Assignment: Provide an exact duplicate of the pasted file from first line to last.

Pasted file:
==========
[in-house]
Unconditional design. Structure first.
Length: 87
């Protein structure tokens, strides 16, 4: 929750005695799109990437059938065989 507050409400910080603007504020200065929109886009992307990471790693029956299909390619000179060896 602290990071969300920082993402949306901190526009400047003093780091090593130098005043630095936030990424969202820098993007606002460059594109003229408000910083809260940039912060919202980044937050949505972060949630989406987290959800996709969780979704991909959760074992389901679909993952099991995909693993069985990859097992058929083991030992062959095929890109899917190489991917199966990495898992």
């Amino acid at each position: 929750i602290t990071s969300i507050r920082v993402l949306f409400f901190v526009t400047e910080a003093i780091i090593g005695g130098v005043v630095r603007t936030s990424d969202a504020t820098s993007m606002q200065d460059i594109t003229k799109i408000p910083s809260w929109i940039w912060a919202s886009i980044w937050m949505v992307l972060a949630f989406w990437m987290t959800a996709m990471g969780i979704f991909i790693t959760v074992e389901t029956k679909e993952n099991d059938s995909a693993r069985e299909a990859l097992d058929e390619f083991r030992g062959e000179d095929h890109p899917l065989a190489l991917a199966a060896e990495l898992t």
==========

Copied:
[in-house]
Unconditional design. Structure first.
Length: 87
């Protein structure tokens, strides 16, 4: 929750005695799109990437059938065989 507050409400910080603007504020200065929109886009992307990471790693029956299909390619000179060896 602290990071969300920082993402949306901190526009400047003093780091090593130098005043630095936030990424969202820098993007606002460059594109003229408000910083809260940039912060919202980044937050949505972060949630989406987290959800996709969780979704991909959760074992389901679909993952099991995909693993069985990859097992058929083991030992062959095929890109899917190489991917199966990495898992």
């Amino acid at each position: 929750i602290t990071s969300i507050r920082v993402l949306f409400f901190v526009t400047e910080a003093i780091i090593g005695g130098v005043v630095r603007t936030s990424d969202a504020t820098s993007m606002q200065d460059i594109t003229k799109i408000p910083s809260w929109i940039w912060a919202s886009i980044w937050m949505v992307l972060a949630f989406w990437m987290t959800a996709m990471g969780i979704f991909i790693t959760v074992e389901t029956k679909e993952n099991d059938s995909a693993r069985e299909a990859l097992d058929e390619f083991r030992g062959e000179d095929h890109p899917l065989a190489l991917a199966a060896e990495l898992t």